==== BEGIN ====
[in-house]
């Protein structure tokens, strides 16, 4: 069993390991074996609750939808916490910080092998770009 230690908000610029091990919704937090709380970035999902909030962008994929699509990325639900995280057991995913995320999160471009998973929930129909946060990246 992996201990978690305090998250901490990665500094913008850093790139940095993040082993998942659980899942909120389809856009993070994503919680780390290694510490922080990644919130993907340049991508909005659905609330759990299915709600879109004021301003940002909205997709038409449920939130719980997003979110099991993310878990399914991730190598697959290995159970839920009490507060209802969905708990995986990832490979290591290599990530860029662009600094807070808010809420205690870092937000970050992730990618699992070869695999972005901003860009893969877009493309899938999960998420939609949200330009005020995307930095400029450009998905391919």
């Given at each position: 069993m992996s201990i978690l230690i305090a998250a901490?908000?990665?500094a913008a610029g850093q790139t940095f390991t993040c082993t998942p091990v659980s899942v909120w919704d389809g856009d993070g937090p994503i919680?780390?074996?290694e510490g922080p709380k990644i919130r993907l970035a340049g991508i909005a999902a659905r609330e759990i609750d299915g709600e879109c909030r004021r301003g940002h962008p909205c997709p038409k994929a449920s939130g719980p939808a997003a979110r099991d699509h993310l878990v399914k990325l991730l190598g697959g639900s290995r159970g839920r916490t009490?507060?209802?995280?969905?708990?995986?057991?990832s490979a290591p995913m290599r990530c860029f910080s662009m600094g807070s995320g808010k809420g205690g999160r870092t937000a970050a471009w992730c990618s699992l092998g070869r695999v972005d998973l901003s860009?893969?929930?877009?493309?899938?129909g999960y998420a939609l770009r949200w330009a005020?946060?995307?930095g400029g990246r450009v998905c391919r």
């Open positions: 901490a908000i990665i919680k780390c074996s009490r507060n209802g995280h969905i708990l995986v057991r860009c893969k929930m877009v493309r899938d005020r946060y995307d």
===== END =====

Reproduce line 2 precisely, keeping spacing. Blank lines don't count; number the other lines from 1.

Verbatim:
């Protein structure tokens, strides 16, 4: 069993390991074996609750939808916490910080092998770009 230690908000610029091990919704937090709380970035999902909030962008994929699509990325639900995280057991995913995320999160471009998973929930129909946060990246 992996201990978690305090998250901490990665500094913008850093790139940095993040082993998942659980899942909120389809856009993070994503919680780390290694510490922080990644919130993907340049991508909005659905609330759990299915709600879109004021301003940002909205997709038409449920939130719980997003979110099991993310878990399914991730190598697959290995159970839920009490507060209802969905708990995986990832490979290591290599990530860029662009600094807070808010809420205690870092937000970050992730990618699992070869695999972005901003860009893969877009493309899938999960998420939609949200330009005020995307930095400029450009998905391919």